McLachlin signs a copy of Full Disclosure, the legal thriller she started writing while she was still serving on the Supreme Court. The protagonist is a young female defence lawyer in Vancouver.
Photos by John Ulan
Interviewing former chief justice Beverley McLachlin is not for the faint of heart.
She is widely regarded as one of the greatest legal minds ever to come out of Canada. Her tenure at the Supreme Court of Canada, particularly as its chief justice (the first woman ever to hold the post), is generally viewed not only as the high-water mark of Canadian jurisprudence but also as an example of judicial excellence much of the world seeks to emulate. Her decisions and writings on dozens upon dozens of intellectually intricate and ethically thorny issues are models of clarity and precision.
The impact on the lives of Canadians has been incalculable. Not only has Beverley McLachlin, ’65 BA, ’68 LLB, ’68 MA, ’91 LLD (Honorary), weighed in with fairness and precision on such issues as the right of prisoners to vote, Indigenous land claims, systemic discrimination against women, safe injection sites, assisted dying, hate speech, and free and fair electoral practices, but she has done it while fostering an open and collegial environment on the Supreme Court.
McLachlin’s retirement from the bench in 2017 — after 28 years on the Supreme Court and 17 years leading it, the longest run ever for a chief justice — elicited an outpouring of praise, respect and admiration. The high regard with which she was, and still is, held has since been reinforced by her being named to the Hong Kong Court of Final Appeal and appointed to review allegations of misspending by two officials in the B.C. legislature. She had a few other surprises up the arm of her robe, too. Shortly after retiring, she produced a legal thriller, Full Disclosure, which immediately shot to the top of the bestseller lists and discussions are underway for a screen treatment. (More about the book later.) Her memoir, Truth Be Told: My Journey Through Life and the Law, is due to be released this fall.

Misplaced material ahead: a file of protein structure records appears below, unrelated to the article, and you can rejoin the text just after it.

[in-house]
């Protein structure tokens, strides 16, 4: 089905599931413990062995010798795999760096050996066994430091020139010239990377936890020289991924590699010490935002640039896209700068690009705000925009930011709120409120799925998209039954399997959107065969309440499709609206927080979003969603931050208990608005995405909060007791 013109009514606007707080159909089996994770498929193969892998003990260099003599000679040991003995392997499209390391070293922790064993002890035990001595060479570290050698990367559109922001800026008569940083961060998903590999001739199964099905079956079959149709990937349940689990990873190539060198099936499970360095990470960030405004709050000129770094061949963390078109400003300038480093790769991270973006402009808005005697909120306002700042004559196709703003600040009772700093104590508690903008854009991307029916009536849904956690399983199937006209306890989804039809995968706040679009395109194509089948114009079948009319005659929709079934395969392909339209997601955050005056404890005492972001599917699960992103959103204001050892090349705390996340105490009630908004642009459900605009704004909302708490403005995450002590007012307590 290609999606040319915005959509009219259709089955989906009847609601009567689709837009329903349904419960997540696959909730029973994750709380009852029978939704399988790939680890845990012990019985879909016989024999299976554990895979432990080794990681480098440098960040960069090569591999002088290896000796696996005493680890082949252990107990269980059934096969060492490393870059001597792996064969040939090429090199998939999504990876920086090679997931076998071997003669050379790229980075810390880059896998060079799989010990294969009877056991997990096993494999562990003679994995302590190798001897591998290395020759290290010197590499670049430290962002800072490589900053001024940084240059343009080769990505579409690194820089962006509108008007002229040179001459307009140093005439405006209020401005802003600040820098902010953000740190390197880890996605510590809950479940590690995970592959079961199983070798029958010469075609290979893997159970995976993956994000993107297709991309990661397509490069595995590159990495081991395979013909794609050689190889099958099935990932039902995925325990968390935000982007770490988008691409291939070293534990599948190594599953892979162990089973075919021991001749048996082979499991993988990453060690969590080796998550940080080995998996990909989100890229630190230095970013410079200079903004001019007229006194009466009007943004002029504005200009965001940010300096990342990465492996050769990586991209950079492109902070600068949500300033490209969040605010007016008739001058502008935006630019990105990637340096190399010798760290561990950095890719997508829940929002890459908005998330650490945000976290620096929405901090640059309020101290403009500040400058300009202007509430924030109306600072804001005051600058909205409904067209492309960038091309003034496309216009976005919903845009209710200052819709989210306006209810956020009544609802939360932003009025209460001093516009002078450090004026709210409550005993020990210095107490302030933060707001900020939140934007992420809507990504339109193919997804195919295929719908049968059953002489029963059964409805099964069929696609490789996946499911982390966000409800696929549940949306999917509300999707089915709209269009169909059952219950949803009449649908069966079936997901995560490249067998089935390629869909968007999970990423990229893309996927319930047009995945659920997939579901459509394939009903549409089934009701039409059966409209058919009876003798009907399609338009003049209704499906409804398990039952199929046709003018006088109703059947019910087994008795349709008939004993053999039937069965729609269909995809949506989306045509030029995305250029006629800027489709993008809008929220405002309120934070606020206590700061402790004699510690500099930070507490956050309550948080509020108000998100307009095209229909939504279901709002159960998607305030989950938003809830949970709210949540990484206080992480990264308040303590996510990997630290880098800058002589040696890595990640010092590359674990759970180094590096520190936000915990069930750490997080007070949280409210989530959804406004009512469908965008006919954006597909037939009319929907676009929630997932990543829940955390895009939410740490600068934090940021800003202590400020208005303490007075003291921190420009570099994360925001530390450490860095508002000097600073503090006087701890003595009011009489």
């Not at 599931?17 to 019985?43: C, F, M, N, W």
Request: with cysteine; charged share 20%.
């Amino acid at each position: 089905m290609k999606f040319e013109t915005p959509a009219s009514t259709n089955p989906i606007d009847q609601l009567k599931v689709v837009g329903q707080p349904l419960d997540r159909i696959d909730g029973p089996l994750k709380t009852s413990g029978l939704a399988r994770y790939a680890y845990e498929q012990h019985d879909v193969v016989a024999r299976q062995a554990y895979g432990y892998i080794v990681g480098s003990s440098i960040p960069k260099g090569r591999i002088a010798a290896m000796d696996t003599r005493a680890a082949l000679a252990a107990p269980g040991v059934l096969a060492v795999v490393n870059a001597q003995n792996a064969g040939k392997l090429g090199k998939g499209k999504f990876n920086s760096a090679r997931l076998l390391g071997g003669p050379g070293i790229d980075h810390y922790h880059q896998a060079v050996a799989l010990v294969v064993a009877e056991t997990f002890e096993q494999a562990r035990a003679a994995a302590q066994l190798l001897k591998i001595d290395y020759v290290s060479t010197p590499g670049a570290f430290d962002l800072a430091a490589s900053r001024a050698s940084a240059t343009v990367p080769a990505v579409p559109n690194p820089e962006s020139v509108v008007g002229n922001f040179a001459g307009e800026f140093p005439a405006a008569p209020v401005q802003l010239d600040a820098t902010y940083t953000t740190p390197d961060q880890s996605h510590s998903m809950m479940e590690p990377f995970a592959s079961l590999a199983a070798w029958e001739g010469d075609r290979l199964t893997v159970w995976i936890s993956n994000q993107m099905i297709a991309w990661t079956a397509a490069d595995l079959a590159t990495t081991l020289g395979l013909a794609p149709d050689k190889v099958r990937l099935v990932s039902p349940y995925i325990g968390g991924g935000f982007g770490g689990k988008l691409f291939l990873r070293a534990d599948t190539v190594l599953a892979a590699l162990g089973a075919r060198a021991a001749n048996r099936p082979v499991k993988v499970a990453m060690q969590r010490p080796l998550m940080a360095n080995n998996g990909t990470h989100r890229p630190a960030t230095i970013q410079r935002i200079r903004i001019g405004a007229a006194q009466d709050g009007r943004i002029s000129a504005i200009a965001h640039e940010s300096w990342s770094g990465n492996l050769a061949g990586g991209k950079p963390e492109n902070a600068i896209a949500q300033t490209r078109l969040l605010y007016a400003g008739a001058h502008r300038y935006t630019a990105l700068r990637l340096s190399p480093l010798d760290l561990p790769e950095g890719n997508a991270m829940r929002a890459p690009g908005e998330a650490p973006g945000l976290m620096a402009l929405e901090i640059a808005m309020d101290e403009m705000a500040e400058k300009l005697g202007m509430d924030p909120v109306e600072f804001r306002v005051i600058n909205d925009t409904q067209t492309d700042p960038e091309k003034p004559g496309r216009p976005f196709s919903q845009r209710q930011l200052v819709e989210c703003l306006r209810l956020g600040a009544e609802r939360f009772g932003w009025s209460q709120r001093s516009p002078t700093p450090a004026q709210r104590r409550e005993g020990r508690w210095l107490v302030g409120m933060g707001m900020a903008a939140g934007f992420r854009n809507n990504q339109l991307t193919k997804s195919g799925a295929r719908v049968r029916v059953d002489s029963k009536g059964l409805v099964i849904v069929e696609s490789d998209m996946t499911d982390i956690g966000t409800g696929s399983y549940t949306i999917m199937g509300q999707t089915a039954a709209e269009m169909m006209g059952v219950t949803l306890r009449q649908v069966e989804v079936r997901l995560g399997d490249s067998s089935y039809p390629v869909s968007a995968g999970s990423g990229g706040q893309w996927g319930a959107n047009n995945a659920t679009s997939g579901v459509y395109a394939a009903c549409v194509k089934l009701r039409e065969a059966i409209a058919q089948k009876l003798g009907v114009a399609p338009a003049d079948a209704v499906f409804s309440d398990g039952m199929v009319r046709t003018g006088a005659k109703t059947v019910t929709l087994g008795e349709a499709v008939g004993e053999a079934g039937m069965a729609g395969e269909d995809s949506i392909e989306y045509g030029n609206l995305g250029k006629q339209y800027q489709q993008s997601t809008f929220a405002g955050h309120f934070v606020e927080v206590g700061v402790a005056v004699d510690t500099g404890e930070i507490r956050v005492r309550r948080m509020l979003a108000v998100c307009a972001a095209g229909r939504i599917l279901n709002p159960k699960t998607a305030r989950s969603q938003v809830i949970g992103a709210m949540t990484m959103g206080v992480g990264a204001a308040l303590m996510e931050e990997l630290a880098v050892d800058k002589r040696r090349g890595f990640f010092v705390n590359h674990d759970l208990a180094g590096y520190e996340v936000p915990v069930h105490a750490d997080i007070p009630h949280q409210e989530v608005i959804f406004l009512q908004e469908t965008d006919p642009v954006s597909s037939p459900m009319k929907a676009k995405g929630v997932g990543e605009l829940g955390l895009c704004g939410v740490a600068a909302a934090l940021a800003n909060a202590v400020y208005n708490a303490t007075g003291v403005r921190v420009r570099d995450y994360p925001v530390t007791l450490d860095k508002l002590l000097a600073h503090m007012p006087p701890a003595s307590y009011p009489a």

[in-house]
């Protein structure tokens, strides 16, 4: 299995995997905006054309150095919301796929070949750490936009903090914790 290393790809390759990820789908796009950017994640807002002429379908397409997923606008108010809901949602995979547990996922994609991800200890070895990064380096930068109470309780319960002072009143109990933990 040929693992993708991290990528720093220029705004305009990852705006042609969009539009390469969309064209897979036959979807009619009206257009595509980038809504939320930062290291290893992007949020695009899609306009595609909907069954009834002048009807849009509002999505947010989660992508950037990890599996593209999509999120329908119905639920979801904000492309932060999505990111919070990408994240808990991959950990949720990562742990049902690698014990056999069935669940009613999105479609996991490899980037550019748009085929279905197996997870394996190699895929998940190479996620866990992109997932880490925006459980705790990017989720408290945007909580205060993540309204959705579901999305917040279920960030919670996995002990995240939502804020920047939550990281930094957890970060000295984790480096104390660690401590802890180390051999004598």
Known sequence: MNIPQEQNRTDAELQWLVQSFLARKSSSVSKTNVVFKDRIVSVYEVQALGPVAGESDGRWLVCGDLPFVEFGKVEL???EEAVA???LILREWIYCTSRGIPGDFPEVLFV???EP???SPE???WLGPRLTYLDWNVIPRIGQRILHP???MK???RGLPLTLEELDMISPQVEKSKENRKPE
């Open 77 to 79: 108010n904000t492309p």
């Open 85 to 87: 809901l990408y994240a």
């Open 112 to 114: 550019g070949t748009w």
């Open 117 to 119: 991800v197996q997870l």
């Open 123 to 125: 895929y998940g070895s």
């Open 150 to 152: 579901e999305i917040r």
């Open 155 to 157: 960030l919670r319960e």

In short, McLachlin is — and there is no fear of exaggeration — one of the most truly impressive people this country has ever produced.
When interviewing such a person, a journalist frequently looks for, or at least remains alive to, flaws to offset the subject’s outward-facing impressiveness (if for no other reason than to hang on to a shred of one’s self-worth). But there is no such recourse with McLachlin because as impressive as she is intellectually, she seems equally kind and gentle in person. And genuine. And polite. And self-deprecating. One can only come away feeling that one’s own life path, no matter how unswerving and ambitious it may have seemed, is but a weedy backwoods trail full of soggy maps, aimless backtracking, popped blisters and roots tripped over, and which, in the end, hasn’t led anywhere particularly interesting … but this is not about me.
Born in 1943, McLachlin grew up in southern Alberta, near Pincher Creek, the eldest of five children. Her father, Ernest, was a rancher and farmer and also ran a sawmill. Her mother, Eleanora, ran the household and helped with her husband’s various business ventures. McLachlin describes her upbringing as not affluent but says her parents always had enough to feed and clothe their children. Though that didn’t prevent economic anxiety.
“There was always a sense of, ‘Will there be enough money to pay the bills? To pay all the people we have to pay at the end of the month?’ It was a rural community and nobody was wealthy. It wasn’t a class community in that sense, and so I never had any sense of entitlement at all.”
Her parents encouraged her academic ambitions during an era that was less than welcoming to women in the white-collar professions. McLachlin knew she wanted to go to a university of good standing when she finished high school.
“The U of A was always something of an icon,” she says. “But there was also a practical reason. I didn’t have any money and my parents had four children younger than me, so there was no way that they had the luxury to say, ‘Would you like to go to UBC or the University of Toronto?’ But I never wanted to, either, because everything I knew about the University of Alberta was that it was a very fine institution. And indeed, it was and still is.”